Coffee Talk

Writings by Edward Patrick Kranz (Ezju) about fine art created with coffee. You will find detailed information on Ezju’s works created at No Such Animal Studios and information about other artists who use coffee as a medium.

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Location: Seattle, Washington, United States

I'll have to think about this one a minute or two. Check back.

Saturday, April 29, 2006

Ellen Taylor’s Children in Detention

In an article by Chee Chee Leung, April 27, 2006 for The Age ( on The annual Top Arts exhibition of VCE student work Ellen Taylor’s Children in Detention was mentioned.

Photo: Nicole Emanuel

Ellen Taylor, who studied at Wonthaggi Secondary College, used coffee and calico to create her work Children in Detention, a comment on the "inhumane" effects of mandatory detention on children. She says the dolls in the piece represent children in detention, cramped on a wall and "cowering in fear".

National Gallery of Victoria director Gerard Vaughan said: "It is always refreshing to see such innovative, thought-provoking and creative works."

The exhibition is part of the VCE Season of Excellence, which features the best student work of 2005 in technology, design, multimedia, cinema, and visual and performing arts. Top Arts runs until July 16.

Please visit for full article.

Wednesday, April 12, 2006

Espresso Vivace History of Espresso Mural by Karen Eland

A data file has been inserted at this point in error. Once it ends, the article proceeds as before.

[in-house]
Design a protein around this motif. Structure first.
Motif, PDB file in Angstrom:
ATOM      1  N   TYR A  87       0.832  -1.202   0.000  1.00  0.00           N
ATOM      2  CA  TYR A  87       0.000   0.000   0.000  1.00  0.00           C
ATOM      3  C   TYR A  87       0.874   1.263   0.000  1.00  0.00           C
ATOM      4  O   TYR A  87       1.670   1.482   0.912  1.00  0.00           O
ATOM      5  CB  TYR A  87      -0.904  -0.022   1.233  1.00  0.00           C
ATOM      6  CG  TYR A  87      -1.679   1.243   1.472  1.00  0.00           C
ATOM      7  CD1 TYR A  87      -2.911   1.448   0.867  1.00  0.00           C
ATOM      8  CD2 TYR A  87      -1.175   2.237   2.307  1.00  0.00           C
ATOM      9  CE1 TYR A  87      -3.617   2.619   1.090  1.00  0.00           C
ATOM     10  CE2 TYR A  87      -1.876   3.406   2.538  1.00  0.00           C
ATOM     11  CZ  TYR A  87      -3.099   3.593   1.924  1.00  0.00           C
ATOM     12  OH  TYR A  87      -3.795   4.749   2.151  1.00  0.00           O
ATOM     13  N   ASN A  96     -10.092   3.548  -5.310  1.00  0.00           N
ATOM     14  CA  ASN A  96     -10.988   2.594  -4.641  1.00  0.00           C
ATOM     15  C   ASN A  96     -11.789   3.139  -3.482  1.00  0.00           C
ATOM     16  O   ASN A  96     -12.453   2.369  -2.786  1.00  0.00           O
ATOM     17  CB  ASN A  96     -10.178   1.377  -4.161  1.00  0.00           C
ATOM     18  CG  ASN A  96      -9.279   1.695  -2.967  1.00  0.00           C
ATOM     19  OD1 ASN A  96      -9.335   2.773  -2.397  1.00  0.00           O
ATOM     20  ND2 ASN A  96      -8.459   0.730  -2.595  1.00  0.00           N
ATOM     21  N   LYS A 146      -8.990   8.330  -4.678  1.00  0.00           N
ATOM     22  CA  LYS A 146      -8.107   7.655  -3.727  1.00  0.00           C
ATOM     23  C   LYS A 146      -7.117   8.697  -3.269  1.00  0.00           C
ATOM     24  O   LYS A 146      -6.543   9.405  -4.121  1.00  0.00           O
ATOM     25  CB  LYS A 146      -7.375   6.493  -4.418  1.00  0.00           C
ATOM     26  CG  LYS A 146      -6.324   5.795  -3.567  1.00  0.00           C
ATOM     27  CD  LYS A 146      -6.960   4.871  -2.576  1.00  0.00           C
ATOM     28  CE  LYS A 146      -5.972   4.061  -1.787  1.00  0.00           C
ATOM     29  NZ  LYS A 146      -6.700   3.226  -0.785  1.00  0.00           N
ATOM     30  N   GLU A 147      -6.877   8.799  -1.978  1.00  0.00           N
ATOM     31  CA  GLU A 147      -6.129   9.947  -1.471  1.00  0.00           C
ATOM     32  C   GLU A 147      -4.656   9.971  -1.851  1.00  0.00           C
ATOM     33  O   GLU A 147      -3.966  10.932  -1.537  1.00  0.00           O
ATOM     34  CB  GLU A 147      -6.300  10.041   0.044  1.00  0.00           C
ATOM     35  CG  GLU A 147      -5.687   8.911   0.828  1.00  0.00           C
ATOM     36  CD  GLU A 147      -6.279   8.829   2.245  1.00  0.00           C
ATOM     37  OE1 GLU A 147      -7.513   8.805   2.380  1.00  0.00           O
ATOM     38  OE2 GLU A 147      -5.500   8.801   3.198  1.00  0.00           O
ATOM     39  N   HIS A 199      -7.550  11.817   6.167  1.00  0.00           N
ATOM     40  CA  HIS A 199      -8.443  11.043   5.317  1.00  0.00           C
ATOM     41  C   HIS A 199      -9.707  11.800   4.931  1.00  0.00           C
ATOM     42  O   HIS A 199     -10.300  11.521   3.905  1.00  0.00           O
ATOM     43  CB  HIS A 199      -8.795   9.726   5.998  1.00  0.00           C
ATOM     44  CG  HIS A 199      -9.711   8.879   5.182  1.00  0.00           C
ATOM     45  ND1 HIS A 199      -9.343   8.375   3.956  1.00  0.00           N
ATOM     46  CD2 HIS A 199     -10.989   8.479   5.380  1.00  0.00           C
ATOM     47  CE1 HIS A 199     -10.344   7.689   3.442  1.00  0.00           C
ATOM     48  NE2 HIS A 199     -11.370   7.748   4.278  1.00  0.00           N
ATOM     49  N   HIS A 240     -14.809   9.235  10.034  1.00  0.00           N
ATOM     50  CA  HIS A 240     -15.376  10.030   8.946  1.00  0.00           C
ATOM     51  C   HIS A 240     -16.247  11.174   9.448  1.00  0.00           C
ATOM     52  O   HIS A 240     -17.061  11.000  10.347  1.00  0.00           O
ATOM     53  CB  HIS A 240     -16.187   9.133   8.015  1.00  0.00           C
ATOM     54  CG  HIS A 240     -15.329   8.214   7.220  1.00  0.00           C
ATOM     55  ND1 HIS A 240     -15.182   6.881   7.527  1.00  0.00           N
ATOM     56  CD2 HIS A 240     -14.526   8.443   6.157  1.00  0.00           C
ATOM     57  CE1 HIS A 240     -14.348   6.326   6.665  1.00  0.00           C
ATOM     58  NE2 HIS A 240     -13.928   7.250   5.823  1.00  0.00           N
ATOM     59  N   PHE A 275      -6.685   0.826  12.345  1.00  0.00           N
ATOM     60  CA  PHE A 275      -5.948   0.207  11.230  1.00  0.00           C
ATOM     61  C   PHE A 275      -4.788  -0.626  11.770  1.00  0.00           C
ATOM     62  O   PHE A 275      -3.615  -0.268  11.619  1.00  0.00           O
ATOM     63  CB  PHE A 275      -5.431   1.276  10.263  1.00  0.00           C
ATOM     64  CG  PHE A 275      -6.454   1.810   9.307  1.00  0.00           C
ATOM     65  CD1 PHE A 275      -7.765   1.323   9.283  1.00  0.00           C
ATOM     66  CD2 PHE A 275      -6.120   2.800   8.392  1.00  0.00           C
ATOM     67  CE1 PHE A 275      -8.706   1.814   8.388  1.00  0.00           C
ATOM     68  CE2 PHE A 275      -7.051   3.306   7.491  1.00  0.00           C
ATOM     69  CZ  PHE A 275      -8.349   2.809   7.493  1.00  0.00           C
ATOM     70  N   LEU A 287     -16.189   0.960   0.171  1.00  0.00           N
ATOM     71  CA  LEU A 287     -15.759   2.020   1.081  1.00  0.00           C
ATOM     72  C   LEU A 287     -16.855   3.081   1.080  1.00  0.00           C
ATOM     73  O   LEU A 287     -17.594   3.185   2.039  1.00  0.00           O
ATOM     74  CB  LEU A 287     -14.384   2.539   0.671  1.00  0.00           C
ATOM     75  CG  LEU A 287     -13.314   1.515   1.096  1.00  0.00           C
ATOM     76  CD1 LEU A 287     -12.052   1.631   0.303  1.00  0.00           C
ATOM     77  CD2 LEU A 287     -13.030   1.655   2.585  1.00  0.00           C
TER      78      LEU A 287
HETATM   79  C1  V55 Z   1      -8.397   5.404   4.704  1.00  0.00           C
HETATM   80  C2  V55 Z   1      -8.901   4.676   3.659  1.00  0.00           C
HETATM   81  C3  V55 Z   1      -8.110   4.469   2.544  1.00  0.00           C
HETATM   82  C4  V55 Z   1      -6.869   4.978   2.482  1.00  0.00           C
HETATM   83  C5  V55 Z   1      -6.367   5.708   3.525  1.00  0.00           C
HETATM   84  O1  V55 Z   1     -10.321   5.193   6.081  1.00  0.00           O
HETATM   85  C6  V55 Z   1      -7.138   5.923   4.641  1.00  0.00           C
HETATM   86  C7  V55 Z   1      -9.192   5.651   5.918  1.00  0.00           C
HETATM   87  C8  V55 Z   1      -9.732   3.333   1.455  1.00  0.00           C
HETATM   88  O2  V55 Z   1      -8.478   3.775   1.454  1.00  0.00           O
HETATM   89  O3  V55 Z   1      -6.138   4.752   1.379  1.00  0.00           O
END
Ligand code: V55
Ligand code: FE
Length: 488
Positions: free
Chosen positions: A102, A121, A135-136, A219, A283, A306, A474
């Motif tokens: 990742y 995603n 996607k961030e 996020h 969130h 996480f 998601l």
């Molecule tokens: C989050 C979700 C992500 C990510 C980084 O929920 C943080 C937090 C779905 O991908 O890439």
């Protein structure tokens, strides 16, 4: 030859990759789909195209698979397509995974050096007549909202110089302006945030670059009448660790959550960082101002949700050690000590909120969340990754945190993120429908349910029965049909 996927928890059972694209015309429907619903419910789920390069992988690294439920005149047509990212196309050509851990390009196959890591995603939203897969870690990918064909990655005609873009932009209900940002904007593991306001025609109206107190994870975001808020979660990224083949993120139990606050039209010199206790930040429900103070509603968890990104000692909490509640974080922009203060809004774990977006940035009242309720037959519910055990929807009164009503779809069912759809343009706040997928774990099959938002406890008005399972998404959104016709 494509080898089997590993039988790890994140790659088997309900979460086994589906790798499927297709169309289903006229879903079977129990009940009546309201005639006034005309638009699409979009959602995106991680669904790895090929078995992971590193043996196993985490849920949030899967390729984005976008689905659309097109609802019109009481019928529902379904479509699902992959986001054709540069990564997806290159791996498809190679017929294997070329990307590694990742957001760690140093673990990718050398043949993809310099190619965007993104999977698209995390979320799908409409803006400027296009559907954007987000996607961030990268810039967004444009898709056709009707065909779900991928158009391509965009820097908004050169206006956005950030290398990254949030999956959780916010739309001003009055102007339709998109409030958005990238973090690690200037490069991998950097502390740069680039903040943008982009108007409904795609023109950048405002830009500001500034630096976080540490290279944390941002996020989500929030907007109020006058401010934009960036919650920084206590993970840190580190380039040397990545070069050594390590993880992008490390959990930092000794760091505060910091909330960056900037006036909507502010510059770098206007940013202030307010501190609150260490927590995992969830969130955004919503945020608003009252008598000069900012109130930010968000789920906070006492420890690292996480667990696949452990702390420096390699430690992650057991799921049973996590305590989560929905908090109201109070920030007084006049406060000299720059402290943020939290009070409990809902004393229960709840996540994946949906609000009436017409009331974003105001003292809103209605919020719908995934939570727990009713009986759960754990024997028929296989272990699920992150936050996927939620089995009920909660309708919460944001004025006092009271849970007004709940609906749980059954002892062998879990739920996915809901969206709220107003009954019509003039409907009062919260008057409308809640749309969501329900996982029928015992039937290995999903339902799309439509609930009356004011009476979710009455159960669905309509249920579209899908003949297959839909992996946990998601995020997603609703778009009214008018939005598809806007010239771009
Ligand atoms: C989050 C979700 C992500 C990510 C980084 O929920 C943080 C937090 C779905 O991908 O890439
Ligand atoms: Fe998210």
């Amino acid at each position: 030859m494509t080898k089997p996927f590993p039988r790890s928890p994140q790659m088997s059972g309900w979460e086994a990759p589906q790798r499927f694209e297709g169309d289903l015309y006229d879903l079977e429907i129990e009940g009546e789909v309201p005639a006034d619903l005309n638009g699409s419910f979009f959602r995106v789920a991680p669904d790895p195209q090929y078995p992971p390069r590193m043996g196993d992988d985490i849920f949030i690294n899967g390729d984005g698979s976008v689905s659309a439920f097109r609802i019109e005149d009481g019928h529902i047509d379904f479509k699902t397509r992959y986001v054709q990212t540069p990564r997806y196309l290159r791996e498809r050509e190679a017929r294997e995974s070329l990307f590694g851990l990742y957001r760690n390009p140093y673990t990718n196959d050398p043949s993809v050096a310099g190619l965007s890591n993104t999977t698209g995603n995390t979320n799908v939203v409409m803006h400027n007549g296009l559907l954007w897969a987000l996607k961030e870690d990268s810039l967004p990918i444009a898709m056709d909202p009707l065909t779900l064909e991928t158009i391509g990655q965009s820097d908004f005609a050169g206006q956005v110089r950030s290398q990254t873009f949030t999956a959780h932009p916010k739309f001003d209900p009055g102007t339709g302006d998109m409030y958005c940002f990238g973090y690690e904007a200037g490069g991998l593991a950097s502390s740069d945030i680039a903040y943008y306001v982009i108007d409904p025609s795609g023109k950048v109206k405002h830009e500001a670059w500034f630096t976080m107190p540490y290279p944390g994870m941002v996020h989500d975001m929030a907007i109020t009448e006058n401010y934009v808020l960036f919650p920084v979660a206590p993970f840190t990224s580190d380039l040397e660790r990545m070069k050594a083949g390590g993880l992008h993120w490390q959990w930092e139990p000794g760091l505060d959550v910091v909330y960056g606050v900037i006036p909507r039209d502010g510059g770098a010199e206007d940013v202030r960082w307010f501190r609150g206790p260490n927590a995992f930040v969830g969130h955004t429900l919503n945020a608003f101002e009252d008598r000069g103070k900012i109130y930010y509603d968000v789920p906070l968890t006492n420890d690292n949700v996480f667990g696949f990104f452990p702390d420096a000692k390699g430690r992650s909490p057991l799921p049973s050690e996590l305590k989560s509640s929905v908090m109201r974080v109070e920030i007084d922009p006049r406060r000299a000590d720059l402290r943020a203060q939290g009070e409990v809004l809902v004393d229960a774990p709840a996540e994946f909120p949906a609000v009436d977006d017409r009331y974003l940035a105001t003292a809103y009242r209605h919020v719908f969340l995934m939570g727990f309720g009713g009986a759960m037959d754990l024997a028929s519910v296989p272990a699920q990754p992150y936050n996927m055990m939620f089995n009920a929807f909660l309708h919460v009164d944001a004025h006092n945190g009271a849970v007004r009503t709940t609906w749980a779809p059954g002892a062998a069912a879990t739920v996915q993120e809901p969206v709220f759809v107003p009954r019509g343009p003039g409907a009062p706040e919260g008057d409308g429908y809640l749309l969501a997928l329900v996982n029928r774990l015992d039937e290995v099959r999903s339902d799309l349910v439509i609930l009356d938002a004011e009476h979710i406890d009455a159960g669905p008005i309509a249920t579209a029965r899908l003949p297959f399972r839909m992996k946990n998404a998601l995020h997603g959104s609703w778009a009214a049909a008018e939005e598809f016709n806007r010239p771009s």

A few weeks ago I had the privilege of meeting coffee artist Karen Eland who was in Seattle installing a mural under the bar at the new Espresso Vivace at 227 Yale Ave. N. (Downtown Seattle in Alley 24 across from REI).

I haven’t had a chance to visit the new 2000 sq. ft. espresso bar to view her all espresso pigment painting of the history of espresso but I did run across this image on the Espresso Vivace Web site.

After viewing the image here I definitely want to make the time to go down and see her mural in person and sample some of their fine roast to boot!

It will be interesting to see how this pieces weathers over the years considering it’s proximity to the ground. I believe there is a Plexiglas covering which should help it survive.

As soon as I get down there I’ll post more images of her Mural at Espresso Vivace here.

To view other paintings in coffee by Karen Eland please visit her Web site

Another cool installation at this café included a mosaic tile rendering of a caffe latte rosetta. Very beautiful. I can’t wait to visit this café because of the works described here and the fact that they plan another installation by Italian master Kurt Wenner that will be posted on their web site after the unveiling on April 18th. It is to be entitled "Vivi Vivace I Vizu e le Virtu" (Live intensely your vices and virtures).

Hey! They have free wireless too! Not to mention featuring a glassed-in meeting room that seats 15 and can be reserved for meetings at no charge. How can you beat that?

Menu: Edible Elements of Art Piece Near Completion

The en caustic coffee Rosetta, “Rosetta A La Helen Sage,” is over half way done now! I should be able to finish it (or at least come close) this upcoming weekend (April 15- 16) baring any natural disasters!